More than 300 of the world's finest disc golf professionals will converge in Augusta next summer when the area hosts the 2006 PDGA Professional Disc Golf World Championships.
"We're expecting about 90 percent of those golfers to be from the USA, with others coming from six to 10 other countries," said Brian Hoeniger, executive director of the Professional Disc Golf Association, which relocated last year to Columbia County from Toronto.
Hoeniger and other association officials announced the world tournament Friday at Julian Smith Casino.
Tentative dates for the event are Aug. 8-13, with singles competition spread among three courses: Lake Olmstead in Augusta, Riverview Park in North Augusta and a temporary course that will be established at the Hippodrome, also in North Augusta.
Disc golf is played like traditional golf, but players use a flying disc instead of a ball and clubs. The sport's popularity has mushroomed in recent years, with an estimated 500,000 people playing regularly, according to the association.
Augusta's first disc golf course opened in 1989 at Pendleton King Park, with the Augusta Disc Golf Association formed a year later.
Since then, several courses have opened in Richmond and Columbia counties, and several major tournaments have been held here.
The area's disc golf history, coupled with evolving plans to create a 2,700-square-foot national PDGA headquarters at Columbia County's Wildwood Park, make Augusta the perfect place for the world championships, said Brian Graham, chairman of the National Disc Golf Center Committee.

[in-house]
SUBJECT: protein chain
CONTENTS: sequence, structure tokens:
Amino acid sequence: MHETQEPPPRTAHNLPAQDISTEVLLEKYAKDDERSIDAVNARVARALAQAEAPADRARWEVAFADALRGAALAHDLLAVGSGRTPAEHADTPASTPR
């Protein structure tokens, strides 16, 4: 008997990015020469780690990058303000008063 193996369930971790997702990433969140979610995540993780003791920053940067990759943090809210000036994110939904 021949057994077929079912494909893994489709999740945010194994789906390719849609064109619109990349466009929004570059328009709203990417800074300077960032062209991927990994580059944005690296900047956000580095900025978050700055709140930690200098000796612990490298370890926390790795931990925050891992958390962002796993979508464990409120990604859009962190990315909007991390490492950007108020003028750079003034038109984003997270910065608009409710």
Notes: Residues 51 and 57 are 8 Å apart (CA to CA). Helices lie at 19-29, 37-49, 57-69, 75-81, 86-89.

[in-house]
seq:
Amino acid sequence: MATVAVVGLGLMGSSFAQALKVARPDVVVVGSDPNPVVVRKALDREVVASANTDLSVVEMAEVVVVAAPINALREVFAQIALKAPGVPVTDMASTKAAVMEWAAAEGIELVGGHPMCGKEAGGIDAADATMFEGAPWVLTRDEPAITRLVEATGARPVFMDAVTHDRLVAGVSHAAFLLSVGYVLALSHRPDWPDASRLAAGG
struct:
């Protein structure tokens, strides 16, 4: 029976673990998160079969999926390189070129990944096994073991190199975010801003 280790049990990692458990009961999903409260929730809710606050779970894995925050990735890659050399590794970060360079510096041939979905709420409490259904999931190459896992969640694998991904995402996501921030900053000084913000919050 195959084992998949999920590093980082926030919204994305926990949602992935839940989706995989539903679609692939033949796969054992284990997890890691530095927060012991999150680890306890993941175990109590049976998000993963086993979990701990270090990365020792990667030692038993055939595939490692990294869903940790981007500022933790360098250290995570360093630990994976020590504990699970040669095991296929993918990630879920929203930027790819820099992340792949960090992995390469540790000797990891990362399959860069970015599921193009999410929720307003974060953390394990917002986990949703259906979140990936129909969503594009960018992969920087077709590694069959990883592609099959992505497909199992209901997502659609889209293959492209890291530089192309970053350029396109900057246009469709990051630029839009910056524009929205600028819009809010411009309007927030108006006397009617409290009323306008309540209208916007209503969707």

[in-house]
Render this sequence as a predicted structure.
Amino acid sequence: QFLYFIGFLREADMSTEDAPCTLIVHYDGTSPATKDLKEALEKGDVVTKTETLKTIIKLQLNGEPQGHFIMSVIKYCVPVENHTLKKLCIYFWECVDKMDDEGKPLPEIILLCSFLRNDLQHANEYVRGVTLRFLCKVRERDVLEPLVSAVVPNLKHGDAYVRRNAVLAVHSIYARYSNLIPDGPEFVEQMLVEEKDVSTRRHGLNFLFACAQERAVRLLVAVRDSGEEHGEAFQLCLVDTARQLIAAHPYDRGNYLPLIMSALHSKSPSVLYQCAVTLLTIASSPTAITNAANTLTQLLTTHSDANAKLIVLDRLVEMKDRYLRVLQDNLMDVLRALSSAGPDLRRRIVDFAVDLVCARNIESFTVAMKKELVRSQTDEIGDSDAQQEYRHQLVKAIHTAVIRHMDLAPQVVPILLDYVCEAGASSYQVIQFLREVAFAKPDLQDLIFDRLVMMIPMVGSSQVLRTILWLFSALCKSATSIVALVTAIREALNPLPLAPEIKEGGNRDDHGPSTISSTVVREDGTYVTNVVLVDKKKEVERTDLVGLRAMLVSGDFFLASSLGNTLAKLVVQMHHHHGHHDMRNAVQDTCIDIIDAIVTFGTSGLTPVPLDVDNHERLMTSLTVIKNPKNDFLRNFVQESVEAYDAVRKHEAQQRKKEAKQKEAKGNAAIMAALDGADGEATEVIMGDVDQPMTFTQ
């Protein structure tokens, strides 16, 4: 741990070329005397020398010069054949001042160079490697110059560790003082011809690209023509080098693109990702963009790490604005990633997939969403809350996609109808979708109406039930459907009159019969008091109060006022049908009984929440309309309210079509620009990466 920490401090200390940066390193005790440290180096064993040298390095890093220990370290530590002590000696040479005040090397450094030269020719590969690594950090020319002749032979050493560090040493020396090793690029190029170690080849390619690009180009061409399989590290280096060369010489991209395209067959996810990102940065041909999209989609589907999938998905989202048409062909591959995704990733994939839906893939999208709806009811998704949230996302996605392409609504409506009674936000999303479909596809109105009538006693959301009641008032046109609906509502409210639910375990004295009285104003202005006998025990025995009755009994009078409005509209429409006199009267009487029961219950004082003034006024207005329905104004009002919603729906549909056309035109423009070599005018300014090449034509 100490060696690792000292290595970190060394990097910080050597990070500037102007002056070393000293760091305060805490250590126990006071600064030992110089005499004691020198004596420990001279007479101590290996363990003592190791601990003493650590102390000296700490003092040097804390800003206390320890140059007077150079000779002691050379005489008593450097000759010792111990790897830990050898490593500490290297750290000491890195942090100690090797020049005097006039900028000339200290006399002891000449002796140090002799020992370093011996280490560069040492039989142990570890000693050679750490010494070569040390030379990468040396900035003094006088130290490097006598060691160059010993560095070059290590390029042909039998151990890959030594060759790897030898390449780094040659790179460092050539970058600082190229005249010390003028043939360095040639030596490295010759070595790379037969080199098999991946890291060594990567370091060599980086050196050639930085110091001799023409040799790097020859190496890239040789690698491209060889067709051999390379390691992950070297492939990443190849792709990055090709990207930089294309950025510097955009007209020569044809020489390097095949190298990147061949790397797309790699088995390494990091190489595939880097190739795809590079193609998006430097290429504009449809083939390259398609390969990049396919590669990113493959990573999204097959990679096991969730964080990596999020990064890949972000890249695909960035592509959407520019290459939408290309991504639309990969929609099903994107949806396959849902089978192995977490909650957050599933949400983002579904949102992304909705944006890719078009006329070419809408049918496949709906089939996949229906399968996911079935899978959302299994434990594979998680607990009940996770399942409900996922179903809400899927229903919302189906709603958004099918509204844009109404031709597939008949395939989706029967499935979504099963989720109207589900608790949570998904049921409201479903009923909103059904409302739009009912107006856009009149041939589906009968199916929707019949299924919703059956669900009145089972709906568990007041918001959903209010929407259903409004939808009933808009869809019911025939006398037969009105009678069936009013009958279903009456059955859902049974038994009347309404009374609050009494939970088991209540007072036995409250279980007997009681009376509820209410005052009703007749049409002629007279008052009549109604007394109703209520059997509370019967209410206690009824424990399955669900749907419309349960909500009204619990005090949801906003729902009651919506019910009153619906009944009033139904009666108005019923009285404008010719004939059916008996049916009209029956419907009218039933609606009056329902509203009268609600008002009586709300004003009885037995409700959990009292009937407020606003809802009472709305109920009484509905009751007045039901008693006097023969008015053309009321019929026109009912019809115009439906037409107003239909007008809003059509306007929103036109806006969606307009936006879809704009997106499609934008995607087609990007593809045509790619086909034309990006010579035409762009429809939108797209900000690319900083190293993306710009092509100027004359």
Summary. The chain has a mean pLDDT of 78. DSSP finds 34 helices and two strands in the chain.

"We started out with just 10 people," he said. "Now Augusta is the epicenter of disc golf nationwide."
The 2005 World Championships were held in July in the Allentown/Lehigh Valley area of Pennsylvania, Hoeniger said.
After the 2006 event in Augusta, the tentative plan is to hold the world championships in Virginia Beach, Va. in 2007 before moving to a venue somewhere in Japan for 2008, he said.
Augusta's event could attract as many as 500 spectators, Hoeniger said.
"Most of the people who come out to watch are those who also play the sport," he said. "But we have a lot of amateurs and casual players here and I think a good awareness campaign here in the community could get us 500 spectators."
Tammy Stout, executive director of the Greater Augusta Sports Council - which worked to help bring the event here - said that while it is too early to measure the economic impact of such a tournament, its presence here can only benefit the community.
"In many ways, we're at the beginning of a long road with many of these great events," she said, adding that - in her opinion - disc golf will rank among the successful equestrian, rowing and soccer events that also help bring visitors and positive economic impact to the Augusta area.
Reach Rob Pavey at 868-1222, ext. 119 or email@example.com.
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